Leadership and fear, part 1: Scaring myself on purpose
Do one thing everyday that scares you. ~ Eleanor Roosevelt
A couple of weeks ago, I flapped my little courage wings and signed up for a vocal workshop. When I mentioned this to my consulting partner, he raised an eyebrow, shook his head, and laughed. He is perplexed and slightly stunned that I would CHOOSE to spend a free Sunday afternoon with strangers, doing something that terrifies me. And at the same time, he knows that this is the kind of thing that I do to myself now and again.
For some people, singing is second nature. It brings them joy and satisfaction. That’s not me. I’m more in the “anxiety and shame” camp. Me joining a vocal workshop is like a vegetarian entering a hotdog-eating contest. But the flyer said, “Please join us if you are terrified of singing!” THESE are my people, and this was my chance.
There are lots of things I do that people see as brave. I have been a commencement speaker. I have done live radio debates about things I believe in. I have been brought in specifically to facilitate high-stakes, conflict-ridden meetings. And yet, I’m scared of singing. I’ve often said that I’d need years of therapy before I’d sing in public. (OK, there was that one time, a couple decades back and with a couple cocktails under my belt, when I belted out both parts of Meatloaf’s “Paradise by the Dashboard Light” in the shadows of a karaoke bar. But I digress.)
My fear of singing dates back to a second grade incident with my music teacher: Twenty-four kids were scrunched onto the risers in the music room, with Mrs. Ream leading us in a ‘call and response’ song. She went around the room, and had each of us sing back to her individually. After my turn, she stopped the song. Rolling her eyes, exasperated, she said: “If you’re not going to even try, then you shouldn’t sing at all.” I was completely blindsided. I WAS trying. And my exuberant, music-loving, elementary school heart was crushed.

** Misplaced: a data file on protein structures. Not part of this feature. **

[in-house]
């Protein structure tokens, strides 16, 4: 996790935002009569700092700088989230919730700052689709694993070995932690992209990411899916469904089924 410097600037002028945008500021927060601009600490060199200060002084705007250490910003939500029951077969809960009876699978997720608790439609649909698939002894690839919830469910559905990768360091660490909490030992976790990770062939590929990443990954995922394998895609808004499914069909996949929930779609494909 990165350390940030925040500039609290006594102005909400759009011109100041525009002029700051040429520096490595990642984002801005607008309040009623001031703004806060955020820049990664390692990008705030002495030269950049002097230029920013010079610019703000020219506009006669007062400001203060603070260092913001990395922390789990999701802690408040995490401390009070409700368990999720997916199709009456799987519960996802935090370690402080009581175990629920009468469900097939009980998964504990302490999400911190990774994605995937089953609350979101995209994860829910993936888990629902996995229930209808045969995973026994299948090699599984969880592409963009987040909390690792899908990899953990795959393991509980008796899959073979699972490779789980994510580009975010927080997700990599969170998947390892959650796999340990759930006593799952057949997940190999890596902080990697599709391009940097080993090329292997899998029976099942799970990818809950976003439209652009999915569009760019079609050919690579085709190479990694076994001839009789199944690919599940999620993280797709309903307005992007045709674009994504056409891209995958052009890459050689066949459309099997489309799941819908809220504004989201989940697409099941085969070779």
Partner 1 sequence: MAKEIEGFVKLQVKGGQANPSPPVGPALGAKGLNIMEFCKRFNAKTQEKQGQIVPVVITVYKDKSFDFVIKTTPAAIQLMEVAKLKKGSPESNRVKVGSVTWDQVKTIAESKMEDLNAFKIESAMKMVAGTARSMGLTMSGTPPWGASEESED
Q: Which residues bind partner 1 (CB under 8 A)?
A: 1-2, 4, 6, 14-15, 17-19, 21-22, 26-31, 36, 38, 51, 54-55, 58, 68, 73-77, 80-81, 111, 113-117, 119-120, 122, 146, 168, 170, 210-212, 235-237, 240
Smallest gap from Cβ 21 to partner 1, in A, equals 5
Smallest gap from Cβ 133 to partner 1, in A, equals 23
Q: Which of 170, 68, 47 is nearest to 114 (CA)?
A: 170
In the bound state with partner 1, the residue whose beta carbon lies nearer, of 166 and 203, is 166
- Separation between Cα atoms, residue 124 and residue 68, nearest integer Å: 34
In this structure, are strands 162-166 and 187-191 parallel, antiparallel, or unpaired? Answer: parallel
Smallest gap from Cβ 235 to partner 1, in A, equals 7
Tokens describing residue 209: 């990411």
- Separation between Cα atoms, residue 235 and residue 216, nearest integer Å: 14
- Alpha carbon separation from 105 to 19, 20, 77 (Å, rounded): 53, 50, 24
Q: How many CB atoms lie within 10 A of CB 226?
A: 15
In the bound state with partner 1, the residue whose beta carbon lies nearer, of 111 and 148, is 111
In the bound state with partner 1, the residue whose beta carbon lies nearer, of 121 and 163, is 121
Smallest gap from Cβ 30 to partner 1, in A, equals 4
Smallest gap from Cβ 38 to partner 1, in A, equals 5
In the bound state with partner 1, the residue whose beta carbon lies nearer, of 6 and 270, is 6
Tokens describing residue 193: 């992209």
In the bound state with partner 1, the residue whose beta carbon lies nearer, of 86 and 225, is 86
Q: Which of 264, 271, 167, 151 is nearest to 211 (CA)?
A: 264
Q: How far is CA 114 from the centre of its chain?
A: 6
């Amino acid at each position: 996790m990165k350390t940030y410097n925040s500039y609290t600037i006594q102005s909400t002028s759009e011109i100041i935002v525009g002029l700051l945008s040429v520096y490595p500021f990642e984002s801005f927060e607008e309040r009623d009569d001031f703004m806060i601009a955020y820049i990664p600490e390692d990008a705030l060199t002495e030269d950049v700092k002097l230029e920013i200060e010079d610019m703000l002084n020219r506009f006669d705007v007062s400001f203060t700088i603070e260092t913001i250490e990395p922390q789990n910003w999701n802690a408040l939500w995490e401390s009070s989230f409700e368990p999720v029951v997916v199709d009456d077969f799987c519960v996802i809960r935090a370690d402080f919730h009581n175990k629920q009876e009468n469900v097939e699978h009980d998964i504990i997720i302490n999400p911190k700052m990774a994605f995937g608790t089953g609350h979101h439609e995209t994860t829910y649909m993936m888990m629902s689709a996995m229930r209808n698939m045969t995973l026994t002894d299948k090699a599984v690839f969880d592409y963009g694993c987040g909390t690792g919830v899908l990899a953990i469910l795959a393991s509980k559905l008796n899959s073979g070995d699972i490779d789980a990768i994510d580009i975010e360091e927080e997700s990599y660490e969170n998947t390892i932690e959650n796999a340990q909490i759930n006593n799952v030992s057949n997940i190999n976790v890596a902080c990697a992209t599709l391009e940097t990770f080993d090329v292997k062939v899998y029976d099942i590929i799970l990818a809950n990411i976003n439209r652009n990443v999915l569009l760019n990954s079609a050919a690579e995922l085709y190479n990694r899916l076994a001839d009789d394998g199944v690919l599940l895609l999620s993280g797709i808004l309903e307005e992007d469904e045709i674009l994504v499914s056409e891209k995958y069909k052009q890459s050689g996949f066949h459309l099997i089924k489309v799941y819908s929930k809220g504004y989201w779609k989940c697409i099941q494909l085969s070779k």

As stories of childhood trauma go, this is pretty light stuff. I get that. At the same time, ridiculous as I feel admitting it, that was a formative experience. The sting of Mrs. Ream’s judgment and the embarrassment I felt were the beginning of my long career of whisper singing, lip-syncing, and studiously avoiding sing-a-longs.
So why is this important, and what does it have to do with leadership?
There are a couple of unspoken lessons that we learn from formative experiences like this:
- Either/or thinking: Competence and ability are valued. Effort and risk-taking are not.
- Circular thinking: You have to be good at something before it’s worth trying it. (So how, exactly, do you get good at something you’re not willing to try?)
- Fear-based thinking: Replicating a known formula is acceptable. Approaches that veer off course (for example, my earnest, warbly second-grade vocal stylings) are dangerous, because they can lead to harsh judgments or ostracism.
If we don’t question these lessons, they show up in careers and in our lives. They become part of the culture of our organizations and our families. These lessons, generalized, create patterns of operating from fear, rather than from possibilities:
- Holding back: Not speaking up unless you’re SURE you’re right, because you’re afraid of looking stupid.
- Playing small: Avoiding risk, even when the status quo is stifling or stagnant.
- Allowing fear to be your guide: Rather than focusing on what you want to create, or what might be possible, you and your team focus on saving face and sure wins.
And here’s one thing I know in my bones: The best things in my life and in my career have come from defying those lessons. Of developing a new, more nuanced relationship to fear.
YOUR TURN: Where are you letting fear stand in your way? And how do you get yourself back in the game? What’s the last thing you did to scare yourself?
NEXT TIME: Two kinds of fear, and what I learned from confronting my fear of singing.